Gold tested 49 people with schizophrenia and 36 healthy controls on this task. People with schizophrenia could learn the pairings, though they were slower than controls, and for larger set sizes did not achieve the same level of accuracy as controls.

Taking the behavioral data on learning rates, decay (or forgetting), working memory capacity, and other variables for each person, Collins and Frank then set about exploring, computationally, the mix of working memory and reinforcement learning processes that could account for the data. The best fit required both processes in schizophrenia and in controls; however, people with schizophrenia relied less on working memory, yet showed normal reinforcement learning engagement compared to controls.

"Without the computational part of this project, they wouldn't have been able to tease apart these mechanisms," Barch said.

The clear role for working memory might have come at the expense of a role for reinforcement learning, Gold said. Participants received "deterministic" feedback, meaning they were told whether their button presses were right or wrong on each trial. This helped provide clear answers about working memory content, but may not have engaged reinforcement learning processes as much as a "probabilistic" feedback setup, which forces the system to integrate outcomes over time.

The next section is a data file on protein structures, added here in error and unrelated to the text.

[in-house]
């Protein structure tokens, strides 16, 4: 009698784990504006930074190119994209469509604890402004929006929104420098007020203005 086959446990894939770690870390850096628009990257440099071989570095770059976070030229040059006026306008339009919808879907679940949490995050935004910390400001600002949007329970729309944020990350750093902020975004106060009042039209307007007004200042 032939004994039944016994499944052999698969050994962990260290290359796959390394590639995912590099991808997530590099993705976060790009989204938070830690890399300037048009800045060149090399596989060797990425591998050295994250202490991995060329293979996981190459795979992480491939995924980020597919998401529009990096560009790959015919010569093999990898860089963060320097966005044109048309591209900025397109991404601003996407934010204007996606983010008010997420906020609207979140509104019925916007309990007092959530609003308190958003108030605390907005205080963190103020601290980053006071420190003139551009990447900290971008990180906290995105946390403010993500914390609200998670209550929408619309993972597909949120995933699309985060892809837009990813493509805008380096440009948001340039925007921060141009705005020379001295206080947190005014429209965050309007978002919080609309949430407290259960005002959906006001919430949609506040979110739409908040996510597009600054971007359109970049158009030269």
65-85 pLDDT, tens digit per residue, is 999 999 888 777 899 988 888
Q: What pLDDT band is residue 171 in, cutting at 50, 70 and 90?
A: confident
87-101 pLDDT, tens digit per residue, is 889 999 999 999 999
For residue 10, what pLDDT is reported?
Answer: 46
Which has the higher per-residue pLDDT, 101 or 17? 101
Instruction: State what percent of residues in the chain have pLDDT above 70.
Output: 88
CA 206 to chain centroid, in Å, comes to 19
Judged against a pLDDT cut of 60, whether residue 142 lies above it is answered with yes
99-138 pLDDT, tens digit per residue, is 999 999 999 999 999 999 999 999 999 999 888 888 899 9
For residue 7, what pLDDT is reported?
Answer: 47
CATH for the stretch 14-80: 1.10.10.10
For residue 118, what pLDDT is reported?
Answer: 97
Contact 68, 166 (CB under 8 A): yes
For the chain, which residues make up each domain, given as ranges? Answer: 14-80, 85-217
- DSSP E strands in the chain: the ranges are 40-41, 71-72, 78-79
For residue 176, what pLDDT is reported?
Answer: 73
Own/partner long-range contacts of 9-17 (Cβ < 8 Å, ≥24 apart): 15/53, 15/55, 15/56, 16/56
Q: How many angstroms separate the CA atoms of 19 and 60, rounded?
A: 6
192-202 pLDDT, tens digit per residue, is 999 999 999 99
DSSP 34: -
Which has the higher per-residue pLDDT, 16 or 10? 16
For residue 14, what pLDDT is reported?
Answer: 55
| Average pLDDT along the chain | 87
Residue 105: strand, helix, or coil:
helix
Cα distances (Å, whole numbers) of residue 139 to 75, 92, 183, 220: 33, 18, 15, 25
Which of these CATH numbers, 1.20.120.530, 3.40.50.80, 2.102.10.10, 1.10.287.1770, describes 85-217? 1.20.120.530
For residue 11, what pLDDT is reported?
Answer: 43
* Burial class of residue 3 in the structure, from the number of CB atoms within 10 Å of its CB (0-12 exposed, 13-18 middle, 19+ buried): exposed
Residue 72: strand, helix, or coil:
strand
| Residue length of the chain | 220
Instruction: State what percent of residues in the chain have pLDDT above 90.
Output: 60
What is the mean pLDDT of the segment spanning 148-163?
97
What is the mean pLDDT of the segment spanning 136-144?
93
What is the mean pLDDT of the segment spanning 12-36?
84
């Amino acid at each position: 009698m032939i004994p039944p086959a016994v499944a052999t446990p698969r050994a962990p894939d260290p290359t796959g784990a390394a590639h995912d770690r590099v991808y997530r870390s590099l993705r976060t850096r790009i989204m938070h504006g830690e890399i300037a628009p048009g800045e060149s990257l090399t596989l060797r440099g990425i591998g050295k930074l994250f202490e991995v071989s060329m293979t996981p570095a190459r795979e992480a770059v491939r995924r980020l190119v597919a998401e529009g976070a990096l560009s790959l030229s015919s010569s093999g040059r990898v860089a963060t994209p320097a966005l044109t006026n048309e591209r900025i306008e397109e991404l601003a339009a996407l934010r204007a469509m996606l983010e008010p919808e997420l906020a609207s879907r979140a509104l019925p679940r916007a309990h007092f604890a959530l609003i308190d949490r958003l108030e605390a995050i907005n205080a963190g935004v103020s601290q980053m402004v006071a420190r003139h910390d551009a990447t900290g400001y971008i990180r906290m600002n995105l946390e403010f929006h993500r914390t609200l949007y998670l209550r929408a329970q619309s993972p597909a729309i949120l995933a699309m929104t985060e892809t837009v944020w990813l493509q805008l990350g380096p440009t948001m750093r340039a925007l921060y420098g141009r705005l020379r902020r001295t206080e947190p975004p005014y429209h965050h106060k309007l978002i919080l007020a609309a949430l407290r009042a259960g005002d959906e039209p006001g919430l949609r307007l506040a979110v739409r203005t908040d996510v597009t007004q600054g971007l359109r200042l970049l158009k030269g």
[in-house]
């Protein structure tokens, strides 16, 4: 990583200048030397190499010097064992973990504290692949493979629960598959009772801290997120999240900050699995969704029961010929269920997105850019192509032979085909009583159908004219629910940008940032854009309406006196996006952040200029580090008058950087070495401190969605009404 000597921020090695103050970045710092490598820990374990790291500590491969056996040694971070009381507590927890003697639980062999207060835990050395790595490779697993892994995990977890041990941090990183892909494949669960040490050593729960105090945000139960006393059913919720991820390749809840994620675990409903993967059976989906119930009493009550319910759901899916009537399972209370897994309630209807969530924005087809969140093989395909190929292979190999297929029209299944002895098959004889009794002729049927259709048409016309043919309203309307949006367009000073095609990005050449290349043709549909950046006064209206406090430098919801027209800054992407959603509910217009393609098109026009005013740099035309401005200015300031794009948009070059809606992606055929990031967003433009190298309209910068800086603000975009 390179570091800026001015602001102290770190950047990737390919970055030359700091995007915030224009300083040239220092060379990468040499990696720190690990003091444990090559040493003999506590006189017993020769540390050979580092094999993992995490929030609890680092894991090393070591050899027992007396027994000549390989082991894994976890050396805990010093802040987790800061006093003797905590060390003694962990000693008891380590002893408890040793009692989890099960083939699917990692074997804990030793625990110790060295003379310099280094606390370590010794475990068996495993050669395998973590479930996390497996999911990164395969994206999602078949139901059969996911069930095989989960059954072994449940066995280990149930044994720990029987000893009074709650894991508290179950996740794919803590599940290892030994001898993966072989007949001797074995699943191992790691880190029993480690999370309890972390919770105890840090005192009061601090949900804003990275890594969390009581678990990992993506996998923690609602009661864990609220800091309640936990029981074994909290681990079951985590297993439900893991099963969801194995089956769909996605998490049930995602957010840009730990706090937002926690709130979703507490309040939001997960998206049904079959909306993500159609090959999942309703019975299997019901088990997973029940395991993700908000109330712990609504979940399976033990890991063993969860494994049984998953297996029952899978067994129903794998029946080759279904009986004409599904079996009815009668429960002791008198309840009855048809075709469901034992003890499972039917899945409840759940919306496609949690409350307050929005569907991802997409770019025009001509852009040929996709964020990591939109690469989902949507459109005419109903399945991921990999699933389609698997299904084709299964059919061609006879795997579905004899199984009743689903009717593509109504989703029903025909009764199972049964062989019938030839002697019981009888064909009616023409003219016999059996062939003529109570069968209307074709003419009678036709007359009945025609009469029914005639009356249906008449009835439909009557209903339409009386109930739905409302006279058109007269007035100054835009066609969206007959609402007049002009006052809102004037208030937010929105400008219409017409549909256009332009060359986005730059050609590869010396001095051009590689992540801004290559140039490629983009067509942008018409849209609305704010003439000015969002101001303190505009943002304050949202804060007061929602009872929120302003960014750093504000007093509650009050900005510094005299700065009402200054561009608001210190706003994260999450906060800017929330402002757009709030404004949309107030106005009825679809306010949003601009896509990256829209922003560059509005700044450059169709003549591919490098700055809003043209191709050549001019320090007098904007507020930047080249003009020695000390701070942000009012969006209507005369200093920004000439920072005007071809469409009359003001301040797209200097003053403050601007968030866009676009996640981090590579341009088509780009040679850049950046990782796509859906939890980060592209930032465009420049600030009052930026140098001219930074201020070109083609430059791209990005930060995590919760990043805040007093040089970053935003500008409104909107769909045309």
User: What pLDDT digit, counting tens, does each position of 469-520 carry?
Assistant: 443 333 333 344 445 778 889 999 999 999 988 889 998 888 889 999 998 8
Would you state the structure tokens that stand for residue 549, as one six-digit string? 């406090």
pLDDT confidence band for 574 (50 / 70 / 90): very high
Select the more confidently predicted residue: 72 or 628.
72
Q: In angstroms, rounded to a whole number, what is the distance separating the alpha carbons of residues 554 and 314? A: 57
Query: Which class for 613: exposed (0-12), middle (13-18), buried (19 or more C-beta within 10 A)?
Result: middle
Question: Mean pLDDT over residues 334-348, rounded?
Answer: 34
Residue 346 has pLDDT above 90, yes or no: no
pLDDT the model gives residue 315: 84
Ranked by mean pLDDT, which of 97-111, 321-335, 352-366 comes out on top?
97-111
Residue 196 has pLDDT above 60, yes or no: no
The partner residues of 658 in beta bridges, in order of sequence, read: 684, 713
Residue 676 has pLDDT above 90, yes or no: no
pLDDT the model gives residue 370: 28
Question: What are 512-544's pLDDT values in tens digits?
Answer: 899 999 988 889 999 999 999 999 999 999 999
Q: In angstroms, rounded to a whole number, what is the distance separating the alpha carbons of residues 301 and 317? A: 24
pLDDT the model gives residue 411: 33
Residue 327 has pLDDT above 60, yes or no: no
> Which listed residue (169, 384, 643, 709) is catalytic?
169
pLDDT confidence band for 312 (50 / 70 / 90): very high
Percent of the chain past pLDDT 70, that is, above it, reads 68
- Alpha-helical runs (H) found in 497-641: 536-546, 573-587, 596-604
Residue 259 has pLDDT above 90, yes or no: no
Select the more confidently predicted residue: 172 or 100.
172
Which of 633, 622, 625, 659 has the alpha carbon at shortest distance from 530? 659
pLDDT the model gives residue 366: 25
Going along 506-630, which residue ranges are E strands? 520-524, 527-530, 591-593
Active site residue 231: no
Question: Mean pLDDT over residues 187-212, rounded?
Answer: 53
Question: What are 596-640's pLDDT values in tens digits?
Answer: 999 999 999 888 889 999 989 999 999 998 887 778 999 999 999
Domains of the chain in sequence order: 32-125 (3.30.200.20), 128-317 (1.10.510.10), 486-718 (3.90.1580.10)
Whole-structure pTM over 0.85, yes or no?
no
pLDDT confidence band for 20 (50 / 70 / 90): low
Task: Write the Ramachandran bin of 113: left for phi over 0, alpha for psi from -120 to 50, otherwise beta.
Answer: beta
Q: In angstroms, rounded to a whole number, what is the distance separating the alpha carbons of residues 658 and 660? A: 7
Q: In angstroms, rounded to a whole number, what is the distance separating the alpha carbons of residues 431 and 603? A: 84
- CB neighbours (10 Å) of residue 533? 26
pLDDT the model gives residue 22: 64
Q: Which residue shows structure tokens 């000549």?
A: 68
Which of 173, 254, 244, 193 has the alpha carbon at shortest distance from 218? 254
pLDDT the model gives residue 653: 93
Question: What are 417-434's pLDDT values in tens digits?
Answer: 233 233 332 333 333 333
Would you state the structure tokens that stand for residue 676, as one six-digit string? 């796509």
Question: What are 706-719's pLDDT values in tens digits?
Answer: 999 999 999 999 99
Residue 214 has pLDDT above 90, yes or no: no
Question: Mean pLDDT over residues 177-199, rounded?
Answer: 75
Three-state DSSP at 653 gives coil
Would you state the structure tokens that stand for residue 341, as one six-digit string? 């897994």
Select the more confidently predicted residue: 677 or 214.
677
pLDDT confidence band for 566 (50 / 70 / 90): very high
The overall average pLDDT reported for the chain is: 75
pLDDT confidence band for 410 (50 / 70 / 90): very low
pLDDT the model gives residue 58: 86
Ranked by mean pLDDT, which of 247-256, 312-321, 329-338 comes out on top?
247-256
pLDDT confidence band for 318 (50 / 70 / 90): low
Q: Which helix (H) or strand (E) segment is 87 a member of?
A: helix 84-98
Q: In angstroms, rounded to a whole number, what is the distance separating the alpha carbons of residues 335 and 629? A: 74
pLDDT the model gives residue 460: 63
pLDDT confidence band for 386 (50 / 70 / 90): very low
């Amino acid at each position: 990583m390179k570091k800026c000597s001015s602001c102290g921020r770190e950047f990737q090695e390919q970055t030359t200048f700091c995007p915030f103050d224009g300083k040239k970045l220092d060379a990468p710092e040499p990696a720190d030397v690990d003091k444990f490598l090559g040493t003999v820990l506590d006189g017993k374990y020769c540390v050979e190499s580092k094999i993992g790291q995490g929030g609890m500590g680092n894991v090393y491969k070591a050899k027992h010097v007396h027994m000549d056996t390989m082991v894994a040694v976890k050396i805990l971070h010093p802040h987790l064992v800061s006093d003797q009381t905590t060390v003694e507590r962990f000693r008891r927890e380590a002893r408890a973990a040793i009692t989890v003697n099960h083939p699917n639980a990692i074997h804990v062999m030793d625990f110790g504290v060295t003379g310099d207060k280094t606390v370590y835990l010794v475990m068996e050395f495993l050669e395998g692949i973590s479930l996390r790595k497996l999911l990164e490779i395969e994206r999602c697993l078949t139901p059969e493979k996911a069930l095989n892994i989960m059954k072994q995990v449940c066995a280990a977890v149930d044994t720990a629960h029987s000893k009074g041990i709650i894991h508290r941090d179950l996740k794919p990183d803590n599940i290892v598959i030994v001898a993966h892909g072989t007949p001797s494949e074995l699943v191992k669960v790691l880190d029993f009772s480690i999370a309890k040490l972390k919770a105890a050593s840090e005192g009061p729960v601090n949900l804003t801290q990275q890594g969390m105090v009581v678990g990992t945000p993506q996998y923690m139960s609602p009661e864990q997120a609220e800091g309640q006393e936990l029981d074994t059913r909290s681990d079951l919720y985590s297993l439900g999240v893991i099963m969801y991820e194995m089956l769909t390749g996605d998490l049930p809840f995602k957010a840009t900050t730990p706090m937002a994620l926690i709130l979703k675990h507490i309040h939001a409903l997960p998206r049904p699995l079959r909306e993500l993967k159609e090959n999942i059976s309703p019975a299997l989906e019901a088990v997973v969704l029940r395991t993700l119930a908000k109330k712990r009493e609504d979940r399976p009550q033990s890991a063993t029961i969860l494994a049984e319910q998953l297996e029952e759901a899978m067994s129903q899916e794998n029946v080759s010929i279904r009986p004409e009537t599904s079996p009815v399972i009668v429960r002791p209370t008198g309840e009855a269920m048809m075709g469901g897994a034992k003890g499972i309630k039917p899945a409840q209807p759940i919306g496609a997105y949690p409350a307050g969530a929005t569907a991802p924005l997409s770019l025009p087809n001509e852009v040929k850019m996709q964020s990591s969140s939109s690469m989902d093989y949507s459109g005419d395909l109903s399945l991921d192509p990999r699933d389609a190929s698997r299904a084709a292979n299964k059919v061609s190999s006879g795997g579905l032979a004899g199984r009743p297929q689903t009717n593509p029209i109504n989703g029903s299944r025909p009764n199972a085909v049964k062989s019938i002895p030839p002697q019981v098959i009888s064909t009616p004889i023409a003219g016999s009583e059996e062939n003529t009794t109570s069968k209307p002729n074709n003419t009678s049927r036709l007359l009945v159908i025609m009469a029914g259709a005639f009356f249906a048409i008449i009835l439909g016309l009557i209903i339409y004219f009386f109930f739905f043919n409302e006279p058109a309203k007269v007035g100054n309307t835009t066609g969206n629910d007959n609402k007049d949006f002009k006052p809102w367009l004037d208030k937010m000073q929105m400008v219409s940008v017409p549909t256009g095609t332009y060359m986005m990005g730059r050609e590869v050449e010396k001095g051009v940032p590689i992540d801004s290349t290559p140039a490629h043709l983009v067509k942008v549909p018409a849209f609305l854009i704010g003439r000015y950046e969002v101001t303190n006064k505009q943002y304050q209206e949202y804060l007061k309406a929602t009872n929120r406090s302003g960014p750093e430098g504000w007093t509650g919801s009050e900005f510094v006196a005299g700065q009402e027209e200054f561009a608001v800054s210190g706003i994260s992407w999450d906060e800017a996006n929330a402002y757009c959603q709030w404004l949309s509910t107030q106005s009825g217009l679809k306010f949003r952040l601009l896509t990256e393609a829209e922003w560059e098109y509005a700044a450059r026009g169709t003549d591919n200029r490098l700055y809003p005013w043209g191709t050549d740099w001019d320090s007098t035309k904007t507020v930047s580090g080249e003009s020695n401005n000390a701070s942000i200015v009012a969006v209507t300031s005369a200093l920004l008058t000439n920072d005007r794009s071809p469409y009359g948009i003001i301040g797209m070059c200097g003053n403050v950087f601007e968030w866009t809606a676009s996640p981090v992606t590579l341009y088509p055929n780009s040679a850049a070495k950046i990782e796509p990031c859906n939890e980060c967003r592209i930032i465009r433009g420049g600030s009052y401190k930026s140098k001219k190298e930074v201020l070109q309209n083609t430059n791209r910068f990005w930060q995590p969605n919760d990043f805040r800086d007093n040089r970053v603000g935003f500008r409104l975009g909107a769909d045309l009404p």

Among participants with schizophrenia, the researchers did not find a correlation between working memory capacity and negative symptoms—a bit of a conundrum for the idea that problems with reinforcement learning underlie apathy. The subjects did not show as wide a variation in working memory capacity as might be needed to see such a relationship, Gold said. All participants were medicated as well, which further muddied the relationship between dopamine signaling and reinforcement learning.

Gold is looking toward imaging in the near future. "We have a solid behavioral and modeling effect, so it would be nice to nail down which brain regions are involved," he said.—Michele Solis.


Collins AG, Brown JK, Gold JM, Waltz JA, Frank MJ. Working memory contributions to reinforcement learning impairments in schizophrenia. J Neurosci. 2014 Oct 8;34(41):13747-56. Abstract